6. Rebuild the solution
7. Open Form2 in the designer and observe how it shows button1

If you are using VB, make sure at step 5 you go to the Form2.Designer.vb (instead of the Form2.vb) - see my previous post on partial classes and how to get to the designer file.

Hopefully by RTM the VSD team will add the template so it will be even easier!

UPDATE: September 2005 - Visual Studio 2005 Release Candidate supports the "Inherited Form" template

Bye bye Lotus Notes

Wed, July 27, 2005, 03:38 PM under UserInterfaceDesign
If you haven't used it then I envy you. If you have, then you know as well as I do that Lotus Notes sucks. It deserved the dedicated pages on the Interface Hall of Shame (cannot find the URL right now).

It is easy for me to write a book on the topic but instead here are just a couple of screens I've personally faced that show the quality of the product (since the non user friendliness of it is well documented).

Over the past 6 years I've had this crappy waste of space app installed on two PCs here at home, a tower at work, an older laptop and my current laptop.

Finally, I have a computer in my possession (the tablet I mentioned earlier this month), which I am setting up and the Notes piece of sh1t will not go on it. Combined with the fact that I am changing jobs, this means that I am not going to meet with that abomination any time soon. Anyway, there may be kids reading so, I am going to hold off telling you how I *really* feel (or start talking about Planta PPMS)!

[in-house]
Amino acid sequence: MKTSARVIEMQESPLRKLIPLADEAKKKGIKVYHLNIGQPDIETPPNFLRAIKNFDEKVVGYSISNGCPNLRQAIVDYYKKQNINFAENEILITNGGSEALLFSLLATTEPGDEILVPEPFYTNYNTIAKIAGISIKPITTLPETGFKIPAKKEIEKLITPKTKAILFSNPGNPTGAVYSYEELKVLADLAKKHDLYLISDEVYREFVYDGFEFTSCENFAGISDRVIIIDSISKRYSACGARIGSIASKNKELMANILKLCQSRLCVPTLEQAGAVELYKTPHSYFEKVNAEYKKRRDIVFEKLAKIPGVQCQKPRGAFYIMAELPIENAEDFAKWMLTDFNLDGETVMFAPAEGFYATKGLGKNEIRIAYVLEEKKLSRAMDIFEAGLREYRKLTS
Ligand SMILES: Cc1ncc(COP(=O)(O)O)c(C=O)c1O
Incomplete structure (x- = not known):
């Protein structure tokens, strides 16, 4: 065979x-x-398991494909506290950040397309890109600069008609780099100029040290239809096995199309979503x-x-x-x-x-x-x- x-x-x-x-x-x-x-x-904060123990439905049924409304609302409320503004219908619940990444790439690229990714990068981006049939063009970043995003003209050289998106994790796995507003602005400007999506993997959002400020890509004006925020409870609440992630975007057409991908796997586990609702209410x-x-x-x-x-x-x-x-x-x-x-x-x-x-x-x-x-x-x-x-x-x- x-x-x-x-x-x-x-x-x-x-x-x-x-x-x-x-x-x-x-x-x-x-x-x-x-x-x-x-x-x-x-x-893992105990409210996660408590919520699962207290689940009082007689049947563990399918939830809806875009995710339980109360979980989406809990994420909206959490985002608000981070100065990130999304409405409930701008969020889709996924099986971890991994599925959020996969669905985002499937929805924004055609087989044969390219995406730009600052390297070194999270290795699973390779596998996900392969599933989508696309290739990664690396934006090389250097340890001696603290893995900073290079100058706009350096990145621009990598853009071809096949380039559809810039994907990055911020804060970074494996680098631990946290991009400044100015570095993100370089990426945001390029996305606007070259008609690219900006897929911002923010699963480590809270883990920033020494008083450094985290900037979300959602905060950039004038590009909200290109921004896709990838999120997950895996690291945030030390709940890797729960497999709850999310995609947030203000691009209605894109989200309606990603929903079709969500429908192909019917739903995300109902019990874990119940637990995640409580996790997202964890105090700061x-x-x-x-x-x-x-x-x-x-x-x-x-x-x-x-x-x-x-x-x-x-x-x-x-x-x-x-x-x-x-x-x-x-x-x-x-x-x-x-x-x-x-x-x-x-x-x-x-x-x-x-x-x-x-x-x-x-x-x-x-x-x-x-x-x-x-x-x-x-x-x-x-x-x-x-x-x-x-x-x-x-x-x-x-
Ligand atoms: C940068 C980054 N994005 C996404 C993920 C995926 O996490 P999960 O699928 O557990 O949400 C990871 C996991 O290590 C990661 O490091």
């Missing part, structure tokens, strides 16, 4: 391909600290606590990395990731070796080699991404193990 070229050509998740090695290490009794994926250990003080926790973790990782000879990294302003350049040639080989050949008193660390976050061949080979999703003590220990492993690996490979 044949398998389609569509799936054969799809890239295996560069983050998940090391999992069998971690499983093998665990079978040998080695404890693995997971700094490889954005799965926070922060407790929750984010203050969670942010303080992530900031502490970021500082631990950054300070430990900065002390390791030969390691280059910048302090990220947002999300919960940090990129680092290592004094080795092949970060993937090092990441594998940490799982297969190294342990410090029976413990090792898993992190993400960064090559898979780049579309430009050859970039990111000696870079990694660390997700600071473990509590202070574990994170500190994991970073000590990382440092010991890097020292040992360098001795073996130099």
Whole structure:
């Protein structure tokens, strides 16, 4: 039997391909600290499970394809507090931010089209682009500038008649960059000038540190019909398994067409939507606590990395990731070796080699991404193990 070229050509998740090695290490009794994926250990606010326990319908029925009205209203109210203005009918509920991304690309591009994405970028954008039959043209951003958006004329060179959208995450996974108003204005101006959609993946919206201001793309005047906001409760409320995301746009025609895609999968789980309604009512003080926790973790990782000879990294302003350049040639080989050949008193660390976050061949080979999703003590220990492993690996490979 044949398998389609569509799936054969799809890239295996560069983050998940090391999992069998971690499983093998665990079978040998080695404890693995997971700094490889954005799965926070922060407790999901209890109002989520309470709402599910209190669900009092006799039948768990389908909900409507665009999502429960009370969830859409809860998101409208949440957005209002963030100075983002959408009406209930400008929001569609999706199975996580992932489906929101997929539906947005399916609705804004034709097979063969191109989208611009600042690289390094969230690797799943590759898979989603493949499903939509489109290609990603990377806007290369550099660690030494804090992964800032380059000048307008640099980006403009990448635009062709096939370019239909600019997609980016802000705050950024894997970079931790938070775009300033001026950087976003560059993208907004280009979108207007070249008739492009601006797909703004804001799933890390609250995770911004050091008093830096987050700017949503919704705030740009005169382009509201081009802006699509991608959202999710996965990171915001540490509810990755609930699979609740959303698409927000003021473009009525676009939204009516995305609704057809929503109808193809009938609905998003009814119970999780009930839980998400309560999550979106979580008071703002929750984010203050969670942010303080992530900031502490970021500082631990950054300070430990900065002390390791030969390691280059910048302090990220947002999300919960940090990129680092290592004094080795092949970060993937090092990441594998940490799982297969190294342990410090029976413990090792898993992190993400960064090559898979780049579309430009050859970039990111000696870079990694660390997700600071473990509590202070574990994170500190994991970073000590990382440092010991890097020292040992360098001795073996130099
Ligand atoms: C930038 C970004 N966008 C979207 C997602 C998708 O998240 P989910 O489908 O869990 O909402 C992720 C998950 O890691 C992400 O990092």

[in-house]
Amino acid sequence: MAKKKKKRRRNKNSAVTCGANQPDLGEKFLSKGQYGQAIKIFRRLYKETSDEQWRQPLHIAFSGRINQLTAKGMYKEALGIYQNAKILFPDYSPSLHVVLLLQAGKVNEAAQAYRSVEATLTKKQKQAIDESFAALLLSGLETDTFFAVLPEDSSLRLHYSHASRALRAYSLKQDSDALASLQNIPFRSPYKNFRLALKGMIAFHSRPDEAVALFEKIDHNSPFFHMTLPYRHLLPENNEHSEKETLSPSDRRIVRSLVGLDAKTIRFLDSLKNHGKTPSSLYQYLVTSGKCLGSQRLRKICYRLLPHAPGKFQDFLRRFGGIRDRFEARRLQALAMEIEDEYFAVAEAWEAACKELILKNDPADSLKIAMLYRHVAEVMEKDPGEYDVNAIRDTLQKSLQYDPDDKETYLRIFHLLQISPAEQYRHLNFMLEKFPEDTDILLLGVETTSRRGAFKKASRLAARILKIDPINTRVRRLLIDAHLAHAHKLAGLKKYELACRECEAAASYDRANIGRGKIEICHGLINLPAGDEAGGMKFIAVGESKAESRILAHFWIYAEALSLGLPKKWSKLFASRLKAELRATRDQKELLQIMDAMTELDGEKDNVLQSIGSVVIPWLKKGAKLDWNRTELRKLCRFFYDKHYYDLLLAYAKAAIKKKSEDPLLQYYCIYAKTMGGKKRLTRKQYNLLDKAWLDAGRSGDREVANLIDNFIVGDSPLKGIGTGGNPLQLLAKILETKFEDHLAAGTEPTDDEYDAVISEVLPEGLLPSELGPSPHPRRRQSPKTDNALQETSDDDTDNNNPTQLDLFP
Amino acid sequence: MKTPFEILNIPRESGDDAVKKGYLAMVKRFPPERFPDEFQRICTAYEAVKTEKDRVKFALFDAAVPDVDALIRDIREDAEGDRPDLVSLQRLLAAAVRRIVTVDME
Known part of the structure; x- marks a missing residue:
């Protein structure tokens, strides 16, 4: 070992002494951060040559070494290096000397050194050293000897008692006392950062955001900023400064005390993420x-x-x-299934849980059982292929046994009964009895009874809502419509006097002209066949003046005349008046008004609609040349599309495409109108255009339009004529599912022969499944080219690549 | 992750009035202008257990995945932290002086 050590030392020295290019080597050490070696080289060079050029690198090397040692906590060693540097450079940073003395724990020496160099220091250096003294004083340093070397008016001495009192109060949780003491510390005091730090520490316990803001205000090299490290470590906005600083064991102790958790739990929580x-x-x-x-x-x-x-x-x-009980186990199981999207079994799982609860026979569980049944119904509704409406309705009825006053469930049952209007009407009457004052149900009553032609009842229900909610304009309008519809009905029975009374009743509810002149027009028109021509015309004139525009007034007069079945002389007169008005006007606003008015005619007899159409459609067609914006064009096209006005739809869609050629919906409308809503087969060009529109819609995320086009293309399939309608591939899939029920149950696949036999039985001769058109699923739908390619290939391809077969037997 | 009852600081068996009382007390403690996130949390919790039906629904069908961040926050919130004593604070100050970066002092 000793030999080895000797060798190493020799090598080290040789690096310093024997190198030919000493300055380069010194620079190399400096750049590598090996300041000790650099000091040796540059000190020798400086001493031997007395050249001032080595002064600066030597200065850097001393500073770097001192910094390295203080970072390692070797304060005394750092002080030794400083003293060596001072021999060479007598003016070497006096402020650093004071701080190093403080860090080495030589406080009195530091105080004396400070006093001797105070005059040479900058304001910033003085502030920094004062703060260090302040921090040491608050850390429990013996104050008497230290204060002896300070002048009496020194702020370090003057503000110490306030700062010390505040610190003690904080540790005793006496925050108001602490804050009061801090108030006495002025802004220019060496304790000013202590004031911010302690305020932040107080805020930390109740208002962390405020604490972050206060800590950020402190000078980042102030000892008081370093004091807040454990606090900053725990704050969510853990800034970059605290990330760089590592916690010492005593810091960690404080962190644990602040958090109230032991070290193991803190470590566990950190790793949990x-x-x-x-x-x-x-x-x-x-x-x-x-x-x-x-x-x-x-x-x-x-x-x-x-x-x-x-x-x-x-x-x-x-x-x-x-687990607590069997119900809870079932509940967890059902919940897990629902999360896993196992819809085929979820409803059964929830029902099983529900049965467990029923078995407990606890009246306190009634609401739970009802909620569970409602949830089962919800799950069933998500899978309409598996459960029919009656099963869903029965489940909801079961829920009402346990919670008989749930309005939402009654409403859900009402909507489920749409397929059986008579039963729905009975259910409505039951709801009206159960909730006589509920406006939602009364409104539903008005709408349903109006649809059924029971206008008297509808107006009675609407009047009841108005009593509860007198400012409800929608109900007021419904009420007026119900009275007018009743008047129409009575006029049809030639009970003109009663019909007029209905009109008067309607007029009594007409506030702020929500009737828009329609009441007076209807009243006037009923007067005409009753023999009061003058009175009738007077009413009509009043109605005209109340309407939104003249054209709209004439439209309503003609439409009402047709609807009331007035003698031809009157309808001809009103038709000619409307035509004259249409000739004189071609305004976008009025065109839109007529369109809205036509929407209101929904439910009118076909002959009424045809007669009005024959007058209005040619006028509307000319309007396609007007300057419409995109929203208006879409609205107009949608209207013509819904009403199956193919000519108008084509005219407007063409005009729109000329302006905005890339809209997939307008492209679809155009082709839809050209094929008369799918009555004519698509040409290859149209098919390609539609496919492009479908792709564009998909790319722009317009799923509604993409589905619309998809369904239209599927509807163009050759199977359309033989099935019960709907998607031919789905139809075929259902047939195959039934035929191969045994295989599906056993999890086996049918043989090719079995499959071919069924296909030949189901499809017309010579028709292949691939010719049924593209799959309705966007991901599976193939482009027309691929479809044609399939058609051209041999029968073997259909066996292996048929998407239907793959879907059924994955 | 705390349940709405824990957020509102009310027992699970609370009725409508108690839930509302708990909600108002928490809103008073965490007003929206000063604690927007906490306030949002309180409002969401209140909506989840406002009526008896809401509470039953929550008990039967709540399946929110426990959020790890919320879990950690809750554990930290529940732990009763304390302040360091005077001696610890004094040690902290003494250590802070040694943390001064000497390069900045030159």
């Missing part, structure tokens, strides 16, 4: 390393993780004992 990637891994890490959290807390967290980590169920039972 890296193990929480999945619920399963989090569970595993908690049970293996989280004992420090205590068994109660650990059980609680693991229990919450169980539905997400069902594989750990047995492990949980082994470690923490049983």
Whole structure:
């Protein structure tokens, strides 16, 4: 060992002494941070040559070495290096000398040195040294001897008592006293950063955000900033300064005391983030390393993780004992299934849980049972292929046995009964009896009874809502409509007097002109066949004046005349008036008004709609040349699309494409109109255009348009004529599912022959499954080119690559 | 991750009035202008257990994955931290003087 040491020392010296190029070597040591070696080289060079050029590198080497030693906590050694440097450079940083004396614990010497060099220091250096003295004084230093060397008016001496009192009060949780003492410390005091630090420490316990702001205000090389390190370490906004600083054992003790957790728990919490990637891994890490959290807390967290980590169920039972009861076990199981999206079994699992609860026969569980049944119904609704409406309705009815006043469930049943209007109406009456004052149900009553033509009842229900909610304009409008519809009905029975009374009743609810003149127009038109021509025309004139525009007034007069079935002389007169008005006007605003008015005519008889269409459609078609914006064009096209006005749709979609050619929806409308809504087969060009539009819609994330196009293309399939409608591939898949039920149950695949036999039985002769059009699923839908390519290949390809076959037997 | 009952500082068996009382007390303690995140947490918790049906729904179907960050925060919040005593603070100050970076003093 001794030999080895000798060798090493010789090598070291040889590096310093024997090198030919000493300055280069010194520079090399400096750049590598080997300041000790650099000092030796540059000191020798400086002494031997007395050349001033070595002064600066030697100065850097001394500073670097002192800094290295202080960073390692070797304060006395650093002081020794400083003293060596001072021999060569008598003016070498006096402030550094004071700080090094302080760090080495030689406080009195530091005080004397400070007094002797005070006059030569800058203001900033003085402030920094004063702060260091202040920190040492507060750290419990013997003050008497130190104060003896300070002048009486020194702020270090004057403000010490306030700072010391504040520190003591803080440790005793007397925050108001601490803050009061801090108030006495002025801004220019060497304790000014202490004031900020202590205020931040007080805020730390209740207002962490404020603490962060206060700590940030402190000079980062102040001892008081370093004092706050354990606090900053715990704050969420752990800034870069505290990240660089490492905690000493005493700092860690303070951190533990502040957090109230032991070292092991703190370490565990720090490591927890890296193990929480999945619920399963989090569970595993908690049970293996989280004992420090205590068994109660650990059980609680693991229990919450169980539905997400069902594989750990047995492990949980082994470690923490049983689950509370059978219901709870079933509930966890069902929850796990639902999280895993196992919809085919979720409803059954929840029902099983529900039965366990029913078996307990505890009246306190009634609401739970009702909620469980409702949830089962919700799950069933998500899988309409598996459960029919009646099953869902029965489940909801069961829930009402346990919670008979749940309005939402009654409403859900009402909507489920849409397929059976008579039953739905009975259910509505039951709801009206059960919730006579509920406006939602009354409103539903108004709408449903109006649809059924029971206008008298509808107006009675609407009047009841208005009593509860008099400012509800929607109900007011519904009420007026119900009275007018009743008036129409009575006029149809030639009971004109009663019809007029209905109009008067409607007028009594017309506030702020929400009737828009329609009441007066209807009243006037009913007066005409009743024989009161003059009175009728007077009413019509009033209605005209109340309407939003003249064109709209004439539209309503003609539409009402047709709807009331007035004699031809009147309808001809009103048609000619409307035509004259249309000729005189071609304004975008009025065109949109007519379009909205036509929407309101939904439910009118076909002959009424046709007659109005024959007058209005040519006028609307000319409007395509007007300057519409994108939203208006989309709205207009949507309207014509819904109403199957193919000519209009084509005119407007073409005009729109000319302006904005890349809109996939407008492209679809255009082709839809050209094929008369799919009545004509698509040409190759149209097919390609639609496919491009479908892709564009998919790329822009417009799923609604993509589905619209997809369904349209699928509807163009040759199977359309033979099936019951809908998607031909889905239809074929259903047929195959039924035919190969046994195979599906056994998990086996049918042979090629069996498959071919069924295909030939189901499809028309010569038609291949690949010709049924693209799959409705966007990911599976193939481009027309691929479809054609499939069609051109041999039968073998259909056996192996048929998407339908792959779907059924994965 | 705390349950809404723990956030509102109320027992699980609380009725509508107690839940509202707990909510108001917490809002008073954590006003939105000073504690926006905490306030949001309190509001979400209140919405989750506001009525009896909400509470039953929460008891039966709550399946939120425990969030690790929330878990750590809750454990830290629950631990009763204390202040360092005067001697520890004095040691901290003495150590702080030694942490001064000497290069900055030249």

Blog link of the week 29

Sun, July 24, 2005, 02:26 PM under Links
# Code Snippets FAQ.

# Generic delegates in the framework.

# String Basics (and a few people come to mind that should go back to basics ;-)

# Katie Blanch (previously known as K. Schaeffer) contributes 3 interop articles on the netcf blog:
Extending GUI Functionality
Common Issues and Debugging Techniques
Log File Information

# One of the hot WM 5.0 topics is persistent storage.

# Hah! Recently I had an argument discussion on this topic so I hope my "opponent" reads this: Singleton or ExpensiveResourceSingleton.


Thu, July 21, 2005, 12:08 PM under MobileAndEmbedded
In my previous post I linked to a class diagram that shows all the WM 5.0 managed namespaces. It turns out that diagram doesn't show the WindowsMobile.Forms namespace so here it is for your enjoyment:

Had I drawn it in a C# project all those 'As' would be ':' conforming to UML style but I'll refrain from going on about that again.


Wed, July 20, 2005, 03:20 PM under MobileAndEmbedded
All of you know that Windows Mobile 5.0 was released in May at MEDC (Bill Gates keynote). Devices are expected to ship in Q4 this year.